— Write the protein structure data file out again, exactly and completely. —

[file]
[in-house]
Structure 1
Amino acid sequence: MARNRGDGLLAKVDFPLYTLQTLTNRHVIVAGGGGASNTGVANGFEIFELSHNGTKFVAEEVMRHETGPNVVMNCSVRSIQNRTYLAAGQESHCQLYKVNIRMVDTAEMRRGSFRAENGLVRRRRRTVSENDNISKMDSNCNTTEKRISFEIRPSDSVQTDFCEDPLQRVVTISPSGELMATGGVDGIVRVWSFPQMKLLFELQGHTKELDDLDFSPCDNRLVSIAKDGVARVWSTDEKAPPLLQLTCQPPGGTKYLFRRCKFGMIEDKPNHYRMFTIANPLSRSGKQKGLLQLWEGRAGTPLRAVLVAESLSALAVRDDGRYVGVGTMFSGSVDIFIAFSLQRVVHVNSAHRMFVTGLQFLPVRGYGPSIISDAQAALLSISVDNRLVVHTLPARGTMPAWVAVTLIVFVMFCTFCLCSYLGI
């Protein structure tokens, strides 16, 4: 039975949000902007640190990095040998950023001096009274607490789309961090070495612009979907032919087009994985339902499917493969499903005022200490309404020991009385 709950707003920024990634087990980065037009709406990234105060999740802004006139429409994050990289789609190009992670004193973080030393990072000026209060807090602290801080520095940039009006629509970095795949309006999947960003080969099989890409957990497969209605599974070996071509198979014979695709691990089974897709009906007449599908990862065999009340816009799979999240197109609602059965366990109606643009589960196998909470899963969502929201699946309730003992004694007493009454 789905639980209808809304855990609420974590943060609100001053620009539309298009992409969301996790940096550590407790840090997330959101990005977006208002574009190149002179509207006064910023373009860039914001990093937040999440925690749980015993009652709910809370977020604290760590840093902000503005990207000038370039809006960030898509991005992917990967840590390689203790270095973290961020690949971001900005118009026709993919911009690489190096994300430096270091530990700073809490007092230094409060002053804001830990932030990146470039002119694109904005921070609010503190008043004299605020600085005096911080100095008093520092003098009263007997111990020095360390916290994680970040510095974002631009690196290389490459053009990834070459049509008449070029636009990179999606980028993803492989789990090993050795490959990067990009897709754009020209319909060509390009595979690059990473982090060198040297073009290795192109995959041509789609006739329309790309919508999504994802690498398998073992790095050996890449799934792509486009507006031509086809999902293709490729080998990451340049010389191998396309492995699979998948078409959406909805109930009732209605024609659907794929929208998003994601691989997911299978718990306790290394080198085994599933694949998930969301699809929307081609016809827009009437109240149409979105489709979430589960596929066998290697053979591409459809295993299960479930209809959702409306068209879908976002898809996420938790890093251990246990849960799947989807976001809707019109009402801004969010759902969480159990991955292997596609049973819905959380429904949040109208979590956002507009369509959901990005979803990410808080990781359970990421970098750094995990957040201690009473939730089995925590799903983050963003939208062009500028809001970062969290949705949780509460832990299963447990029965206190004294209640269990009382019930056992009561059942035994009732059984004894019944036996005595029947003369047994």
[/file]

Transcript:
[in-house]
Structure 1
Amino acid sequence: MARNRGDGLLAKVDFPLYTLQTLTNRHVIVAGGGGASNTGVANGFEIFELSHNGTKFVAEEVMRHETGPNVVMNCSVRSIQNRTYLAAGQESHCQLYKVNIRMVDTAEMRRGSFRAENGLVRRRRRTVSENDNISKMDSNCNTTEKRISFEIRPSDSVQTDFCEDPLQRVVTISPSGELMATGGVDGIVRVWSFPQMKLLFELQGHTKELDDLDFSPCDNRLVSIAKDGVARVWSTDEKAPPLLQLTCQPPGGTKYLFRRCKFGMIEDKPNHYRMFTIANPLSRSGKQKGLLQLWEGRAGTPLRAVLVAESLSALAVRDDGRYVGVGTMFSGSVDIFIAFSLQRVVHVNSAHRMFVTGLQFLPVRGYGPSIISDAQAALLSISVDNRLVVHTLPARGTMPAWVAVTLIVFVMFCTFCLCSYLGI
């Protein structure tokens, strides 16, 4: 039975949000902007640190990095040998950023001096009274607490789309961090070495612009979907032919087009994985339902499917493969499903005022200490309404020991009385 709950707003920024990634087990980065037009709406990234105060999740802004006139429409994050990289789609190009992670004193973080030393990072000026209060807090602290801080520095940039009006629509970095795949309006999947960003080969099989890409957990497969209605599974070996071509198979014979695709691990089974897709009906007449599908990862065999009340816009799979999240197109609602059965366990109606643009589960196998909470899963969502929201699946309730003992004694007493009454 789905639980209808809304855990609420974590943060609100001053620009539309298009992409969301996790940096550590407790840090997330959101990005977006208002574009190149002179509207006064910023373009860039914001990093937040999440925690749980015993009652709910809370977020604290760590840093902000503005990207000038370039809006960030898509991005992917990967840590390689203790270095973290961020690949971001900005118009026709993919911009690489190096994300430096270091530990700073809490007092230094409060002053804001830990932030990146470039002119694109904005921070609010503190008043004299605020600085005096911080100095008093520092003098009263007997111990020095360390916290994680970040510095974002631009690196290389490459053009990834070459049509008449070029636009990179999606980028993803492989789990090993050795490959990067990009897709754009020209319909060509390009595979690059990473982090060198040297073009290795192109995959041509789609006739329309790309919508999504994802690498398998073992790095050996890449799934792509486009507006031509086809999902293709490729080998990451340049010389191998396309492995699979998948078409959406909805109930009732209605024609659907794929929208998003994601691989997911299978718990306790290394080198085994599933694949998930969301699809929307081609016809827009009437109240149409979105489709979430589960596929066998290697053979591409459809295993299960479930209809959702409306068209879908976002898809996420938790890093251990246990849960799947989807976001809707019109009402801004969010759902969480159990991955292997596609049973819905959380429904949040109208979590956002507009369509959901990005979803990410808080990781359970990421970098750094995990957040201690009473939730089995925590799903983050963003939208062009500028809001970062969290949705949780509460832990299963447990029965206190004294209640269990009382019930056992009561059942035994009732059984004894019944036996005595029947003369047994």